Mother’s Day

If you’ve ever flown, you’ve heard the pre-flight safety message and instructions. “In the event of a loss in cabin pressure, an oxygen mask will automatically appear in front of you…If you are traveling with a child or someone who requires assistance, secure your mask first, then assist the other person.” In fact, since flying with my daughter, I’ve noticed that the flight attendants actually come around to each parent traveling with a small child to reinforce these instructions.

These instructions get used often as a metaphor in self-care, along with others like, “You can’t fill from an empty cup.”

While these are great metaphors, sometimes they can be challenging to embrace in real life—especially when you’re parenting your child born after loss. In fact, one of the reasons they reinforce the oxygen mask instructions with caregivers is because it feels counterintuitive to put your own mask on first. Our instincts tell us to take care of our child first. It takes WORK to turn our minds to ourselves and our needs. But, this put your own mask on first metaphor took on new meaning for me over Mother’s Day this year.

The week before Mother’s Day my daughter and I both got sick.

I thought we were dealing with a particularly bad allergy season, compounded by our air conditioning not working and having to have windows open. But, when my daughter spiked a fever on Wednesday, we headed in to the pediatrician. Turns out, she was wheezing and probably has allergy-induced asthma like her Mama. Poor kiddo. We were sent home with a nebulizer and allergy medications.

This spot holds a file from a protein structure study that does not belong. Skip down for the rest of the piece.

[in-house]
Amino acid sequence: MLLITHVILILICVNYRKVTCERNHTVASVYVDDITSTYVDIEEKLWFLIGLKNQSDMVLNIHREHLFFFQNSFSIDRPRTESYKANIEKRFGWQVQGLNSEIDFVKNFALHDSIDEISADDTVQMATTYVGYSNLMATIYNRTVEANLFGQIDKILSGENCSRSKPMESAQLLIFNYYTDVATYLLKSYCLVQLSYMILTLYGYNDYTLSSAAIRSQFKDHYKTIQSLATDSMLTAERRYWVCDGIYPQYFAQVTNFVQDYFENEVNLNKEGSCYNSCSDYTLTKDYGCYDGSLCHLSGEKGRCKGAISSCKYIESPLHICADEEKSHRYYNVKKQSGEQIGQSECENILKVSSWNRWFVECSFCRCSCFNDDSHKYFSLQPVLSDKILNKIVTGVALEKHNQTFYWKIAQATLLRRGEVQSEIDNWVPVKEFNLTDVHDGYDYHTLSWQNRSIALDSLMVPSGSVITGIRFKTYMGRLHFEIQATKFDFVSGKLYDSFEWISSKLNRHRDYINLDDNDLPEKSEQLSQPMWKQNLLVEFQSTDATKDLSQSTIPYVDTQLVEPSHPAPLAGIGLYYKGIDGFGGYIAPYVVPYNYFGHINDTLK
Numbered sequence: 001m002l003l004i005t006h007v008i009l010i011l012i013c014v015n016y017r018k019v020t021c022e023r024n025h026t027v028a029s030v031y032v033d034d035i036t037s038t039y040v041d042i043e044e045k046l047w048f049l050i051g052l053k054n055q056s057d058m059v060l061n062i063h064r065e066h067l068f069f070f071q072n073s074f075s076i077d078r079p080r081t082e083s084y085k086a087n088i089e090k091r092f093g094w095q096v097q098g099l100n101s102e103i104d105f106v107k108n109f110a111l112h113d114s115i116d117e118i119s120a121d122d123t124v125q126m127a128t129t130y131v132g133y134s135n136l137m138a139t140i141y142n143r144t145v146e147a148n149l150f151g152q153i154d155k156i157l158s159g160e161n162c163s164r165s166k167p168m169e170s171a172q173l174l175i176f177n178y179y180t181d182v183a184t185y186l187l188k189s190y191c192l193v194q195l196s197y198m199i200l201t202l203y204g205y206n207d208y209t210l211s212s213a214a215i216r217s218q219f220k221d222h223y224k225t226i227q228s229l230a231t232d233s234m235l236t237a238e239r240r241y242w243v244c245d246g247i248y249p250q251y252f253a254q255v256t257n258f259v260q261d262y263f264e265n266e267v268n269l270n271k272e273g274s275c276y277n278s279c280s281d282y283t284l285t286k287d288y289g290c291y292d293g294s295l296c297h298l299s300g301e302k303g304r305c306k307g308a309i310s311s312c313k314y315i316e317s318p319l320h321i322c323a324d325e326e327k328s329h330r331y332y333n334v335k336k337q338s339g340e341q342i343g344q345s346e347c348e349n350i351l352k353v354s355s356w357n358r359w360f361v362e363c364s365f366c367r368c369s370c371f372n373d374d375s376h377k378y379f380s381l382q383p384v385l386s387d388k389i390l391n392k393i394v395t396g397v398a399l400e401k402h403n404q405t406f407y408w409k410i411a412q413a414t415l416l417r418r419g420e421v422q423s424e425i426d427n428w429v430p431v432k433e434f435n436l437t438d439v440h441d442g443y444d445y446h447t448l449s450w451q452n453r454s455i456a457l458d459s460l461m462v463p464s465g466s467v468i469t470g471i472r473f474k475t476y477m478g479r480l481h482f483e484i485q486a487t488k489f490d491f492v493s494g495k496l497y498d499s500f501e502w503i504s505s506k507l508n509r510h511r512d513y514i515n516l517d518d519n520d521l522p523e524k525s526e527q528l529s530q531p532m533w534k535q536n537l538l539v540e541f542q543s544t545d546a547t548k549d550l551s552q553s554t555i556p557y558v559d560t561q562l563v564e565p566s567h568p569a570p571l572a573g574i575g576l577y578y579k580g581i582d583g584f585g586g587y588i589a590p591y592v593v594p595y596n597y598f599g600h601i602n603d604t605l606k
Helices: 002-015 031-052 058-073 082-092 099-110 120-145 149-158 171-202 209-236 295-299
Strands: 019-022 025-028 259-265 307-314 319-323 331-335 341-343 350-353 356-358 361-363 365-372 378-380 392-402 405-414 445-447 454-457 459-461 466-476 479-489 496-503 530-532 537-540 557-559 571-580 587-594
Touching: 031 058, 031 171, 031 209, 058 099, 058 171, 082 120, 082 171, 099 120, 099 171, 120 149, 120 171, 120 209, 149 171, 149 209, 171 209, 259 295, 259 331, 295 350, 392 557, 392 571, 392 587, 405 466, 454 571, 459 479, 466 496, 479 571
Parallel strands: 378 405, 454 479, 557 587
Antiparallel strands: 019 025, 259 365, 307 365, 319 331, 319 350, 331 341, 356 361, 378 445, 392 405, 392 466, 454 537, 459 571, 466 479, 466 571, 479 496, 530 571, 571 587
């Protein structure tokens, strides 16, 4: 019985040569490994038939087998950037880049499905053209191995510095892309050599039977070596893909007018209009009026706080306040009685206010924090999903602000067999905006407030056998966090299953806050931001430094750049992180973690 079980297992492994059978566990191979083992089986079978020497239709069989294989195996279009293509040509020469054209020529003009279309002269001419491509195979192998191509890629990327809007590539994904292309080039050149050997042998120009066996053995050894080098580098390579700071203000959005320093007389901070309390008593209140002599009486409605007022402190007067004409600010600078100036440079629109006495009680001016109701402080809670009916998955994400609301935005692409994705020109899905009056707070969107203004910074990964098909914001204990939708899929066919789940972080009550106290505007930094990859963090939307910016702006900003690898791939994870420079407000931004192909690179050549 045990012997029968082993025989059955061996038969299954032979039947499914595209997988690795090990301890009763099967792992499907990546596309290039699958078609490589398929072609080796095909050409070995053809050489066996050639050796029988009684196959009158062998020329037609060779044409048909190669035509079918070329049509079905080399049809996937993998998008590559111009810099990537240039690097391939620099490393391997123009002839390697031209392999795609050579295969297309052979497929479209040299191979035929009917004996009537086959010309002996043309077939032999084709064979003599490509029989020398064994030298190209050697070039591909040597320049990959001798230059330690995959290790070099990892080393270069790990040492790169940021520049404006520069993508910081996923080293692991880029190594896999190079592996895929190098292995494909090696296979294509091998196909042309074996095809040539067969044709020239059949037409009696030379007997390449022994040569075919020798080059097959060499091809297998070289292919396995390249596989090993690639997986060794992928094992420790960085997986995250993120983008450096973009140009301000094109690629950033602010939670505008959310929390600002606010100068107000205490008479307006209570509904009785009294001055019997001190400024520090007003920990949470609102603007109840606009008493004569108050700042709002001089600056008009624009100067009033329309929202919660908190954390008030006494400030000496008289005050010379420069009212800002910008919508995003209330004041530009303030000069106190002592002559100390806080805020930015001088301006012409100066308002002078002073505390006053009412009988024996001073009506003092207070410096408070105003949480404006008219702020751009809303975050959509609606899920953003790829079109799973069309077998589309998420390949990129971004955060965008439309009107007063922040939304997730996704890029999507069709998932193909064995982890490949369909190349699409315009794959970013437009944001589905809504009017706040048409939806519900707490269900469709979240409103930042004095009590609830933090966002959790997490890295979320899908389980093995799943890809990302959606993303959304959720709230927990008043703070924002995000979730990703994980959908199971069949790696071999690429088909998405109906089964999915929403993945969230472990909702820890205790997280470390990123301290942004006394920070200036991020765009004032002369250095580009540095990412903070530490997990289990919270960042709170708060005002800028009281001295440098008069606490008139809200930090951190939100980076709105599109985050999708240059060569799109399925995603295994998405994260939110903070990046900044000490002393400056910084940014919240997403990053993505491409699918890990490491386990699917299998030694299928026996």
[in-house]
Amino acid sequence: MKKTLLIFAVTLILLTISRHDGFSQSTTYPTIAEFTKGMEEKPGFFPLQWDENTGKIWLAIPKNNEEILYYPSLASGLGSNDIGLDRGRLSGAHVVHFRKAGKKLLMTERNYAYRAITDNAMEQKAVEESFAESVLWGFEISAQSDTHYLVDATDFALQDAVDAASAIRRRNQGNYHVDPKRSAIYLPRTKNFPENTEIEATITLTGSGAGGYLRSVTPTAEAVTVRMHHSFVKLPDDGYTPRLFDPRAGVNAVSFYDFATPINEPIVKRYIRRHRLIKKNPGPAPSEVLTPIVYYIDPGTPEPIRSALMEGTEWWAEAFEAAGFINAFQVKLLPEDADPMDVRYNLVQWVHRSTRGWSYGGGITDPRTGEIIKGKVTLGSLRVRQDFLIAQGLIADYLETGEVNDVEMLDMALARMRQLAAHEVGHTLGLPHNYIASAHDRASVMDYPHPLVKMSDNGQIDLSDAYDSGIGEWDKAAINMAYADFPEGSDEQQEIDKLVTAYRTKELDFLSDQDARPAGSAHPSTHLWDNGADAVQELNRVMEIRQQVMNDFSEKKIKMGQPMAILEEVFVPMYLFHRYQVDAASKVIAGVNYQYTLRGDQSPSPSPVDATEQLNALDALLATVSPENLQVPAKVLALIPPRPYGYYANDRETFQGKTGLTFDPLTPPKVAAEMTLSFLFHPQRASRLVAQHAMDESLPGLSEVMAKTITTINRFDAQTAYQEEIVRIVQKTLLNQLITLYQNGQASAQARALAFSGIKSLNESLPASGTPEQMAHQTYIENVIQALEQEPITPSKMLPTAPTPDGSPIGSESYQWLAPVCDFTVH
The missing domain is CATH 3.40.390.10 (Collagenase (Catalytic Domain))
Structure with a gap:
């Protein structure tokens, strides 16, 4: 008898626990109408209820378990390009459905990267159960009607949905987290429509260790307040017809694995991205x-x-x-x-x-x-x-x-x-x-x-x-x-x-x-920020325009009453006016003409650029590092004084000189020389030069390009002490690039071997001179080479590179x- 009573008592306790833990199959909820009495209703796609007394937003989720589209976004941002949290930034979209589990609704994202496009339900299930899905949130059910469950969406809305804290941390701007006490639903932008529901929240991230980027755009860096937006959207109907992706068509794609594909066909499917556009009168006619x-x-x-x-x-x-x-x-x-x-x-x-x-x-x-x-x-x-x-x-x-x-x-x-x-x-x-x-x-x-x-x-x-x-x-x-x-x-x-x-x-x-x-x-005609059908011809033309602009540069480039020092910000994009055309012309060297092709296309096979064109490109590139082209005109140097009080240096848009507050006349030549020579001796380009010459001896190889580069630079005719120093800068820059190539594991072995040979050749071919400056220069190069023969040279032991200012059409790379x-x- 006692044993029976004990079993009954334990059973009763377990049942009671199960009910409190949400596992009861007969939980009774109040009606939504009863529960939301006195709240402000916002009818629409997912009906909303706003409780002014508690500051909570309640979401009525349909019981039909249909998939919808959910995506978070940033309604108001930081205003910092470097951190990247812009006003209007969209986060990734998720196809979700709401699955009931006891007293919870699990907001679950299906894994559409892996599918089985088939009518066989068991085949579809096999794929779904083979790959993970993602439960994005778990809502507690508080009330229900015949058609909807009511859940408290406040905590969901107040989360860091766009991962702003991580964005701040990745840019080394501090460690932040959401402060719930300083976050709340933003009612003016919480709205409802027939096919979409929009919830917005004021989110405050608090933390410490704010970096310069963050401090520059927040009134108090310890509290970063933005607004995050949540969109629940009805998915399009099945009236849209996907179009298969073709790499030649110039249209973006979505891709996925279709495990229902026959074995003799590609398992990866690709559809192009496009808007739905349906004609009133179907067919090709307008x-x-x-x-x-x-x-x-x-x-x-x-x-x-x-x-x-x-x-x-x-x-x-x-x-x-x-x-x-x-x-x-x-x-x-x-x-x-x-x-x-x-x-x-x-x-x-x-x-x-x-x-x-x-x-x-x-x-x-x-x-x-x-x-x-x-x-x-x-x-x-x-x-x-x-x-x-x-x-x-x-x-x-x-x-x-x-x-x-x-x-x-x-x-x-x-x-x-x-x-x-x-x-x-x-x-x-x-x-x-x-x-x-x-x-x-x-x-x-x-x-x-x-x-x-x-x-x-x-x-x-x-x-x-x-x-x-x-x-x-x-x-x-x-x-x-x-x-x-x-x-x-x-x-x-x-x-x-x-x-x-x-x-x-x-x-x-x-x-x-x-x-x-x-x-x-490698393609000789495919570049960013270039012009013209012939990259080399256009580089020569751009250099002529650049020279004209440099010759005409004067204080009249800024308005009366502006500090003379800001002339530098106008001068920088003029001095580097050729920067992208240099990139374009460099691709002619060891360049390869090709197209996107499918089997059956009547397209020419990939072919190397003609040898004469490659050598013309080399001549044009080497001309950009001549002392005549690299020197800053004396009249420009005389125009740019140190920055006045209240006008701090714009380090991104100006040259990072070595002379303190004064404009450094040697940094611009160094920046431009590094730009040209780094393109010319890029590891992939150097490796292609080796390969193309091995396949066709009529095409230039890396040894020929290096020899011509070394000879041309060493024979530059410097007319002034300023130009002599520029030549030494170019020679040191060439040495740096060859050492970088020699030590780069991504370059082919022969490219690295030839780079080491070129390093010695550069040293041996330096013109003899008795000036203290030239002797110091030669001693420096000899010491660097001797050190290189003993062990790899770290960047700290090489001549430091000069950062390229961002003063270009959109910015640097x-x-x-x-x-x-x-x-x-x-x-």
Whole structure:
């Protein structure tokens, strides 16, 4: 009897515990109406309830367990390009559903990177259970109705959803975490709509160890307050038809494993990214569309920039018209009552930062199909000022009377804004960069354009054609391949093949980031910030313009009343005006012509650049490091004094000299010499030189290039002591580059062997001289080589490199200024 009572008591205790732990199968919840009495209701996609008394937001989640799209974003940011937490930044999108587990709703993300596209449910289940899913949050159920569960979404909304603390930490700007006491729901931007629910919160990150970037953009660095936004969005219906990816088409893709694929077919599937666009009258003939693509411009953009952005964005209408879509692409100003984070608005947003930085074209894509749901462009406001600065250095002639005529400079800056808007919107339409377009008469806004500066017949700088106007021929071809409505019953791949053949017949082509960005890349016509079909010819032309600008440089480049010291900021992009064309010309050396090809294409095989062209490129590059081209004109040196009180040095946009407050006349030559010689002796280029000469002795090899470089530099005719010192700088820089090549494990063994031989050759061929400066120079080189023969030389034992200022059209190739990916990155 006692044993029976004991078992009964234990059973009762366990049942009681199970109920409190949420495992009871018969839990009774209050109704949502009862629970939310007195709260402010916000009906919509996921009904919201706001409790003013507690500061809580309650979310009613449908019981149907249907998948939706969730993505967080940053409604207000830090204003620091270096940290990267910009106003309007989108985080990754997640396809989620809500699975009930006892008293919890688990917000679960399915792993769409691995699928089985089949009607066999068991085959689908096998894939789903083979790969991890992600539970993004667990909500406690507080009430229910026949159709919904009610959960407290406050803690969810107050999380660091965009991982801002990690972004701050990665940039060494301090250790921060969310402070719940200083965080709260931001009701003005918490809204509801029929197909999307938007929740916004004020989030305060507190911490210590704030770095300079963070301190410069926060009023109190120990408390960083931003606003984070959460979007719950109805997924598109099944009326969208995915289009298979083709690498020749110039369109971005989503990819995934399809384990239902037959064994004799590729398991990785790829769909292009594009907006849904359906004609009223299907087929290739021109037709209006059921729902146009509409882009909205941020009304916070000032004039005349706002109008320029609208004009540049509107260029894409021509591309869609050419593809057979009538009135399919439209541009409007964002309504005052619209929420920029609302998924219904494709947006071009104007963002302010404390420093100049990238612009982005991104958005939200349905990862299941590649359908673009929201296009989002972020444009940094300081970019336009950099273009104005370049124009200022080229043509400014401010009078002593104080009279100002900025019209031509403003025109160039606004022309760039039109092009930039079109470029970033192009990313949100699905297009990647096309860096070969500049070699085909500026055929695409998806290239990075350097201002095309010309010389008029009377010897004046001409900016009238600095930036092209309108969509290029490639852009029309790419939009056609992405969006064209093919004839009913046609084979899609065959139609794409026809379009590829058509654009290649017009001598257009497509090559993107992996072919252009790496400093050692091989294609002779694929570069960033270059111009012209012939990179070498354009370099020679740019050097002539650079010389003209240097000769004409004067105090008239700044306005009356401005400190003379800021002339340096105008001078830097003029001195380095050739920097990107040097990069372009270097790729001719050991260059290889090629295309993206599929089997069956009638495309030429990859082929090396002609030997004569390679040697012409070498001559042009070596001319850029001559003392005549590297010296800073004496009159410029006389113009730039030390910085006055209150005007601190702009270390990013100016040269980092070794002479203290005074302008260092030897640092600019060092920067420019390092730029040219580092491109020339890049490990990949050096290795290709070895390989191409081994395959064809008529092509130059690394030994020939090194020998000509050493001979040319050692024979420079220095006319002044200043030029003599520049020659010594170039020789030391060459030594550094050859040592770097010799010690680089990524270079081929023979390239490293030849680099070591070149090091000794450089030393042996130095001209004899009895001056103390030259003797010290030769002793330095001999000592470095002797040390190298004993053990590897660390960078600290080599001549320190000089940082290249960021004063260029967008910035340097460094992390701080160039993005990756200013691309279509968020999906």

Stitch was not a fan of the nebulizer, and I spent the next couple of days knee-deep in sick toddler care. I didn’t even notice how sick I was getting. I used my inhaler a few times and was completely drained, but I thought it was just normal allergies and parenting exhaustion. But, early Friday morning I woke up and felt achy, like I had the flu. I took my temp—102 degrees. I took some Ibuprofen and went back to bed. An hour later, my fever had gone up, not down. I found a local urgent care and planned to go as soon as they opened.

The nurse practitioner felt I was in the midst of a severe asthma flare-up that had caused inflammation and the fevers. She sent me home with my own nebulizer and a course of steroids. I figured I’d be feeling better in about 24-hours. Basically, I took it easy on Friday and Saturday and planned to be back to normal on Sunday, Mother’s Day.

Instead, I spent Mother’s Day in the Emergency Room with a 102.7 fever, my asthma not improving.

Mother’s Day is complicated enough for loss mamas. I pushed myself that morning, because I wanted my Mother’s Day. I’d “earned” my Mother’s Day breakfast, presents, snuggles, and flower at church. But, I pushed myself too far, earning myself an afternoon in the ER. Honestly, I’d been pushing myself too hard all week, putting my daughter’s needs before my own.

I’ve paid for this lack of self-care for several weeks now. I was completely out of commission for at least a week, and even now, a few weeks later, I’m still not back to 100%.

So, my tip to you: don’t be like me.

Put your nebulizer mask on first. If you need help, call in reinforcements. Make sure you’re getting the basics:

  1. Drink plenty of water.
  2. Eat three meals a day.
  3. Try to get enough sleep (so hard as a parent, I know!).
  4. Take a shower.
  5. Get some fresh air.
  6. Do something soothing—take a bath, get a pedicure, or drink a cup of tea.

And, always be gentle with yourself. Sometimes life feels completely overwhelming and you just have to get through. The dishes will pile. Emails will go unanswered. But, you’ll get through. The dishes and emails will still be there. Always put your mask on first.

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